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Little Time or Money? You Can Still Help Your Candidate

Limited Time and Money? Here’s How You Can Help Your Candidate Anyway


The general election is just a few months away, so campaigns are really kicking into gear right now, and they need a lot of help from their supporters. They need money. They need volunteers. They need for you to tell your friends and family that you are voting for them and why.

A friend recently told me that she was discouraged by how many people said they don’t want to get involved because campaigns and politics are so negative. I understand how she feels, and I believe that those people are an important reason that our politics are so negative right now. Because good people aren’t getting involved. That can be as easy as voting. If more of the discouraged raised their voices, I am willing to bet that the candidates and politicians would be happy to stop fighting each other and actually get to work for their constituents.

Shame on anyone who has the privilege to vote and doesn’t. Even worse are those who don’t register to vote because they don’t want to be called for jury service. I am shaking my finger at you! Lecture over.

During the 2008 elections, I did not have money, but I had time. I volunteered for several candidates by holding signs, walking door-to-door, and I even housed a couple of out-of-state campaign staffers. I also registered hundreds of voters. It was very rewarding, even though not all of the candidates I supported won.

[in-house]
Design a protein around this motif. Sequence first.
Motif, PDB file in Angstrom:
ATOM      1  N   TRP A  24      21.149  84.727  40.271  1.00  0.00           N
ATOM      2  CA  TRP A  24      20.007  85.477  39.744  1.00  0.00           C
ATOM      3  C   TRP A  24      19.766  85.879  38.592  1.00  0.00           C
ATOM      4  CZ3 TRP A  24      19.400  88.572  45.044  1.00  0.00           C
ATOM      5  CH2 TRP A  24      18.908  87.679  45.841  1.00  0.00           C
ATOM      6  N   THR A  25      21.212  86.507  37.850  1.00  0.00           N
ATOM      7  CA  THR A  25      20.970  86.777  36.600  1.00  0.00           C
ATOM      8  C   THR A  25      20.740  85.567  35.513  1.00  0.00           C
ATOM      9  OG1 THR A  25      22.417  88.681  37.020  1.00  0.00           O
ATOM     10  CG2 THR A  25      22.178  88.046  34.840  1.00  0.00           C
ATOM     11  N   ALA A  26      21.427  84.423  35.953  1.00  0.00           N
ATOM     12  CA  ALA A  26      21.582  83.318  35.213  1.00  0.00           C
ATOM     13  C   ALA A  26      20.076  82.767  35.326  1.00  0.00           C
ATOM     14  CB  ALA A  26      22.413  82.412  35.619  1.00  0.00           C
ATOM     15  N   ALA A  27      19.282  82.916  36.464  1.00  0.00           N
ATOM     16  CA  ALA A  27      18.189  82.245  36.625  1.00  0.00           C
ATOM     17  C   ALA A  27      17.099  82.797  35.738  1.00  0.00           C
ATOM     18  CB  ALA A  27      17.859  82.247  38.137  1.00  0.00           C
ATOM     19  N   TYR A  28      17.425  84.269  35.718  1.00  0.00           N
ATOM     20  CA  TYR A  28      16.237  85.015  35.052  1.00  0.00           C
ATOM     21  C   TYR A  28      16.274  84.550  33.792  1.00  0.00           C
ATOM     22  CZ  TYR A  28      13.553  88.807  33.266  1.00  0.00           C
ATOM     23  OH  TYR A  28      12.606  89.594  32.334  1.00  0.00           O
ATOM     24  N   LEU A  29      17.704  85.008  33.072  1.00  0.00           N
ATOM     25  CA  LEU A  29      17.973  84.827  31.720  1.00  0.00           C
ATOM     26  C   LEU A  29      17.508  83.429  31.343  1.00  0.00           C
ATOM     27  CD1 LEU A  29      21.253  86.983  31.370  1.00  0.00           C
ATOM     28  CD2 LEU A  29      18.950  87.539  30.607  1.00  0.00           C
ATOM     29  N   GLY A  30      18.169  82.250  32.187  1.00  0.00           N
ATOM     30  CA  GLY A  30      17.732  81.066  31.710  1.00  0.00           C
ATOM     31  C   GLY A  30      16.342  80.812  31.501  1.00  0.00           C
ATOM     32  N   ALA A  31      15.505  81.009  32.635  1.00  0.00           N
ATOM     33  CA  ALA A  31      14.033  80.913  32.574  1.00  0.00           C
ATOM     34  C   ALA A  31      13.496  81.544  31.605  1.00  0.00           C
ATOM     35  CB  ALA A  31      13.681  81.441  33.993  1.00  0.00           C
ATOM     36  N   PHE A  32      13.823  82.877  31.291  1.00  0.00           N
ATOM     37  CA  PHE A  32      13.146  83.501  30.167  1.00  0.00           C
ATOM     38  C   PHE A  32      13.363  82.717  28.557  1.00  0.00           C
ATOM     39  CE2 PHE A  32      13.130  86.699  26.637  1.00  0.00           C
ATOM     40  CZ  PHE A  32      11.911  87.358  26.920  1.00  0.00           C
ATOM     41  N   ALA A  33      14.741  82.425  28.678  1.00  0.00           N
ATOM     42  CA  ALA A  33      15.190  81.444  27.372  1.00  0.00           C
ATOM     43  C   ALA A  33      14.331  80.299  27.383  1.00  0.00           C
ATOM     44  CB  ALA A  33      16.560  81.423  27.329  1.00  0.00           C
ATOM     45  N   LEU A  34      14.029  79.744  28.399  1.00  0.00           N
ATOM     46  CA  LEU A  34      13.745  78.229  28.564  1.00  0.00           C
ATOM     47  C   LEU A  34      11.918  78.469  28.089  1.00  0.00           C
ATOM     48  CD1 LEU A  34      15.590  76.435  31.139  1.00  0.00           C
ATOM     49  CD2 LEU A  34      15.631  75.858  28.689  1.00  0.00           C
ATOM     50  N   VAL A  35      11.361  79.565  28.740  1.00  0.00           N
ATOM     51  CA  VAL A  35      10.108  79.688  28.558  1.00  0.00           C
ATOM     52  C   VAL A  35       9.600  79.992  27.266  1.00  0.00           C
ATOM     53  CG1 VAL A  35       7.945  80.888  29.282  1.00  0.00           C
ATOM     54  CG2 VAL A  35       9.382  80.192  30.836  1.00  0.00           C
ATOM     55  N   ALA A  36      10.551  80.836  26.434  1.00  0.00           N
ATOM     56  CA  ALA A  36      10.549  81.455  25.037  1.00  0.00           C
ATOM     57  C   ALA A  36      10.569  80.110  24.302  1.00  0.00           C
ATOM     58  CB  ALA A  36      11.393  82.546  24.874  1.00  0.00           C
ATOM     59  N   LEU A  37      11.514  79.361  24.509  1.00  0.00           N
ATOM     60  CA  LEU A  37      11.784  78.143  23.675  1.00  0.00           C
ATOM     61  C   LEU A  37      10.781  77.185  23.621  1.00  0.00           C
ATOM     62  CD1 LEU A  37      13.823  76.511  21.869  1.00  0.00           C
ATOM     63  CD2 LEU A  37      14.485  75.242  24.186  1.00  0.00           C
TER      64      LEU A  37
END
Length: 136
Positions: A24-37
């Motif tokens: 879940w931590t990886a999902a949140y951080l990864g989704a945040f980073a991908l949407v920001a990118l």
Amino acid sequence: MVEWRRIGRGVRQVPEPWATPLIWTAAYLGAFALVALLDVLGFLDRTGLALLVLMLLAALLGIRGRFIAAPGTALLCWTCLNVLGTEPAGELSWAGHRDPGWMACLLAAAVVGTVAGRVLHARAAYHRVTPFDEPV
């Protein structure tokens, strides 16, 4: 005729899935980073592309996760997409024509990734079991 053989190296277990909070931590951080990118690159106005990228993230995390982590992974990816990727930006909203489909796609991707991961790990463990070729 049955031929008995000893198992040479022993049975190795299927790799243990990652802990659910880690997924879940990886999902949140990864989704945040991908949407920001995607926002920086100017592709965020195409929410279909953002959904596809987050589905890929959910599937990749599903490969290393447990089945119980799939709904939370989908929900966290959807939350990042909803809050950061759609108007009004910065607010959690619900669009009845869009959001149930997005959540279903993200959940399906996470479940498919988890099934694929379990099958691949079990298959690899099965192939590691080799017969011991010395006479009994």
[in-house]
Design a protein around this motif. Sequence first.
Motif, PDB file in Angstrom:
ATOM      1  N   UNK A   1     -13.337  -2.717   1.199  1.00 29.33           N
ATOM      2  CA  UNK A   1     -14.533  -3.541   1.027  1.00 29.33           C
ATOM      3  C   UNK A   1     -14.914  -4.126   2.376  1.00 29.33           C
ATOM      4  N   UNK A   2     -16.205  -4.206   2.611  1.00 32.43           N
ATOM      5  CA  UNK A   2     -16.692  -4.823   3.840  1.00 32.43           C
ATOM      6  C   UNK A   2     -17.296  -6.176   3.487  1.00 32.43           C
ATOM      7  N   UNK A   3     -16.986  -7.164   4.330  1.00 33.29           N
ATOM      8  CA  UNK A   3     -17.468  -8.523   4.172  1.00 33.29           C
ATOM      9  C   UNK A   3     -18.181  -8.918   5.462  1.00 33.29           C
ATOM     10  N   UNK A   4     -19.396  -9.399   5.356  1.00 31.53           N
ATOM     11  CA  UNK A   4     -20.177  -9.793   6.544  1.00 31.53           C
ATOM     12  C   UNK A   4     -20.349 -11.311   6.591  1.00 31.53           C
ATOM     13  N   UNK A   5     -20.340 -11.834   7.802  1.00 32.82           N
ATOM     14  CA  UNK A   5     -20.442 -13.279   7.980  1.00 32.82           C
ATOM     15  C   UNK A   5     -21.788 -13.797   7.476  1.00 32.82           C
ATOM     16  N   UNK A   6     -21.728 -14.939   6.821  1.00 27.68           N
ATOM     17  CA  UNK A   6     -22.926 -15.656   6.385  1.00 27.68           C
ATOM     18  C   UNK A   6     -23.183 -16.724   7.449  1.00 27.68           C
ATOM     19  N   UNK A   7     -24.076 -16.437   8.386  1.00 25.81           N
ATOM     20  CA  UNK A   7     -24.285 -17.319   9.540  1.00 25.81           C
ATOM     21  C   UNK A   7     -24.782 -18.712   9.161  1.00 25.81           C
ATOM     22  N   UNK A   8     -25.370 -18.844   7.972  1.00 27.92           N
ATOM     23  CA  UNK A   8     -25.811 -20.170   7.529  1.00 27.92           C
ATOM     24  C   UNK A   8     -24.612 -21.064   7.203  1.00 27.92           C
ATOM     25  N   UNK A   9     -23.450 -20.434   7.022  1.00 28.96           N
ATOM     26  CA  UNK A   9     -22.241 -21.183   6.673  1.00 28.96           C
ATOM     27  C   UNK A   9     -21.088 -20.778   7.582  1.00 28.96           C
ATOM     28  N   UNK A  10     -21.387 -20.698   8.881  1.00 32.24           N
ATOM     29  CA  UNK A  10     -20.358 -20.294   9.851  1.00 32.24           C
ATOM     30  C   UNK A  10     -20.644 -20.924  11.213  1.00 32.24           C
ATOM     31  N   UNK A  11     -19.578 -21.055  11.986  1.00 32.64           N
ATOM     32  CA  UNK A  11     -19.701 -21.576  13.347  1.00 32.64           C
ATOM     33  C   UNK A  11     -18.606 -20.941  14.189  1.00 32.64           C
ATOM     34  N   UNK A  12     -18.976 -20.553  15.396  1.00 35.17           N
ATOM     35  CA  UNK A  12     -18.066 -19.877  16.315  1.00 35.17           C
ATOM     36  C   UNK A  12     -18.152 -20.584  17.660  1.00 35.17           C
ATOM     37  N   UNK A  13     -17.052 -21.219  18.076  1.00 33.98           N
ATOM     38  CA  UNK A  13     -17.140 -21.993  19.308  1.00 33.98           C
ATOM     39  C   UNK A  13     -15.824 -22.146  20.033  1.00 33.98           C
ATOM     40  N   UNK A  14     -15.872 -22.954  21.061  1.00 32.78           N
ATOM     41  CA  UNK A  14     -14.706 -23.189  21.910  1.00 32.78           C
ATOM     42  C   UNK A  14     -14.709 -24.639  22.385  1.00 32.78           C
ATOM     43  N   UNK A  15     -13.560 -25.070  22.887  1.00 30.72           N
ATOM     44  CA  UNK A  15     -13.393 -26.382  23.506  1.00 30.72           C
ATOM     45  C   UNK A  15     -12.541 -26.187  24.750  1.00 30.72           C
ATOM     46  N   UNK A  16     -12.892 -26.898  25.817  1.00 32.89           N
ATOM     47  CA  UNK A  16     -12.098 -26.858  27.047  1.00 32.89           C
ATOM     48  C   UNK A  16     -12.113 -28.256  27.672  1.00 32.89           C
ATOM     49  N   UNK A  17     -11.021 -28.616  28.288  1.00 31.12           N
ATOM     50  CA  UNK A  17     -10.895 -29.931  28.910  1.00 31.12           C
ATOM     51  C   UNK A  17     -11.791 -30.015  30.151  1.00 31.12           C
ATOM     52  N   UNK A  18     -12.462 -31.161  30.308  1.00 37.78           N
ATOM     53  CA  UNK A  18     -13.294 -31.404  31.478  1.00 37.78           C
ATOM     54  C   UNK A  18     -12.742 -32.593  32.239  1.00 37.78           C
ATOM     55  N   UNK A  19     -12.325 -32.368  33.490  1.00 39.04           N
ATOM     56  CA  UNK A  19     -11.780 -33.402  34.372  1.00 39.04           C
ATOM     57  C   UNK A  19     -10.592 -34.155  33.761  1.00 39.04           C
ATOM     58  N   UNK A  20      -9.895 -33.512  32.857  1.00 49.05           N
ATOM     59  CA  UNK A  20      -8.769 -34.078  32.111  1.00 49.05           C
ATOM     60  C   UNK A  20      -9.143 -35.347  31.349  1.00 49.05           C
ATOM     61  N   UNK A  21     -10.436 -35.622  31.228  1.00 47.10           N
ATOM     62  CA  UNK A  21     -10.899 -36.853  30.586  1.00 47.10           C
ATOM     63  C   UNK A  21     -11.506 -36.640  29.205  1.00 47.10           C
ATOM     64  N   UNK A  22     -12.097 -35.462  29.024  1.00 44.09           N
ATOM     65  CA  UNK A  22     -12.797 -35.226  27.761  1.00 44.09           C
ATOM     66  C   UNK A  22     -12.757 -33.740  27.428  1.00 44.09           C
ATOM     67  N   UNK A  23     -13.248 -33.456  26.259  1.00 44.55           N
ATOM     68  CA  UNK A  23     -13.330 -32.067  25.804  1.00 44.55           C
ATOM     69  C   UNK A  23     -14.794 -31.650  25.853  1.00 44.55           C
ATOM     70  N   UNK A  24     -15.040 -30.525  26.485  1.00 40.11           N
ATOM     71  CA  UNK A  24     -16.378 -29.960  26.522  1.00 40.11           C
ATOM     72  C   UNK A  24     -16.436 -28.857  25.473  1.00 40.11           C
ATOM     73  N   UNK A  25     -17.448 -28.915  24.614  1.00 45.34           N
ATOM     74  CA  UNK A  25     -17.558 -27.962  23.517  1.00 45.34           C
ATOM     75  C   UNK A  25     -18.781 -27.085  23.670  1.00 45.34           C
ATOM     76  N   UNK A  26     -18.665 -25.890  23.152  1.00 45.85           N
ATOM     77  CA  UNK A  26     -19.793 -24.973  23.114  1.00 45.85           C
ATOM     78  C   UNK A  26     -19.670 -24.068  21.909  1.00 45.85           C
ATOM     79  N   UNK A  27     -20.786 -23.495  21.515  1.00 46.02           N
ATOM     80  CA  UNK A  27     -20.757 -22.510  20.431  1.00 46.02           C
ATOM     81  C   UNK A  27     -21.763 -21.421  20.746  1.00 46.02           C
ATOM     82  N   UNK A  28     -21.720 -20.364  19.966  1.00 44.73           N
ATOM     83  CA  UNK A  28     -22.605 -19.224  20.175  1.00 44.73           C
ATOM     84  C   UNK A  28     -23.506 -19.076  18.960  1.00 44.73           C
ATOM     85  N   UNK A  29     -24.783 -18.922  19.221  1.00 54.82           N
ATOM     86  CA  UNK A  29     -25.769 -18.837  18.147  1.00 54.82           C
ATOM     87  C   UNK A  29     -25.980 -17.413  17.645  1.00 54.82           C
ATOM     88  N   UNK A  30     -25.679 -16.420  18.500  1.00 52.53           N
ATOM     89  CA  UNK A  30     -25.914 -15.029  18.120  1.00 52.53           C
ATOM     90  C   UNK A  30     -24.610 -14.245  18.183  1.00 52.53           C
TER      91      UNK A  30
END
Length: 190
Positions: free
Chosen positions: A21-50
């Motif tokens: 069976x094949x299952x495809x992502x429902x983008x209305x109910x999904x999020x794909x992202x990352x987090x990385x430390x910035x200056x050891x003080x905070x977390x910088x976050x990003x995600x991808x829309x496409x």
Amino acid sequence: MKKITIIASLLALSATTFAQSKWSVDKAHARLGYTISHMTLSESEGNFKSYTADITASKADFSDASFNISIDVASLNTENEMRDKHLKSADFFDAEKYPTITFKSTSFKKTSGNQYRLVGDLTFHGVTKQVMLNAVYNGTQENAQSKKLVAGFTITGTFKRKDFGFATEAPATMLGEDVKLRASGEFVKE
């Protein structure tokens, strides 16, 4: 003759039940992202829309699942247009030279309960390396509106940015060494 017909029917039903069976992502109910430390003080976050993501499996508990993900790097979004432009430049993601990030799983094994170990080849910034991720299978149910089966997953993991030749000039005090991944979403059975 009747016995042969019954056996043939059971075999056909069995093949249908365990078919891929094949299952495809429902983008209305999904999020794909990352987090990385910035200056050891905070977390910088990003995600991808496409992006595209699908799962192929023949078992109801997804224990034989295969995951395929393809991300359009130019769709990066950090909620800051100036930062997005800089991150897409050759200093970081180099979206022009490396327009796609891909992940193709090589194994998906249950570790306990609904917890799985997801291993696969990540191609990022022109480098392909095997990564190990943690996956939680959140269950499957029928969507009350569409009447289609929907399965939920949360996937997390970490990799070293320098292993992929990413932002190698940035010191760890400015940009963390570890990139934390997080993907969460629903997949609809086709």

I always believe that I have a stake in elections, because they affect my life in every way. Even if you don’t have the time or money to get involved, you can vote. But before you do, educate yourself enough to feel satisfied that the person for whom you vote has ideas you reasonably support. We don’t get to have everything we want, nor should we.

We talked to a few politicos about how people with busy lives and family obligations can help their candidates. Sarah Scanlon is a community organizer and strategist; Michael Cook is a Democratic campaign consultant; and Little Rock City Director Stacy Hurst is a Republican running to be elected to the state House of Representatives in District 35.

Here’s what we wanted to know:

1. What are the top three needs for campaigns?
2. If someone doesn’t have a lot of money to donate, what can they do?
3. If women want to volunteer, but have fairly limited time, what can they do?
4. Can you talk a little about the importance of telling your networks about the candidates you support?
5. What if they’re not sure about their support yet and have questions for the candidate? Is it possible to talk to them? How do they do that?

What are the top three needs for campaigns?

SARAH: Campaigns run on three resources: time, volunteers and money. Time is the only finite resource in campaigns. You can recruit more volunteers and you can raise more money, but the number of hours in the day and the number of days between beginning and finish in a campaign won’t change.

Well-run campaigns and successful campaigns manage these resources well. There are many roles for people to fill. Understanding the priorities of each role helps the candidate and campaign manager use their resources successfully.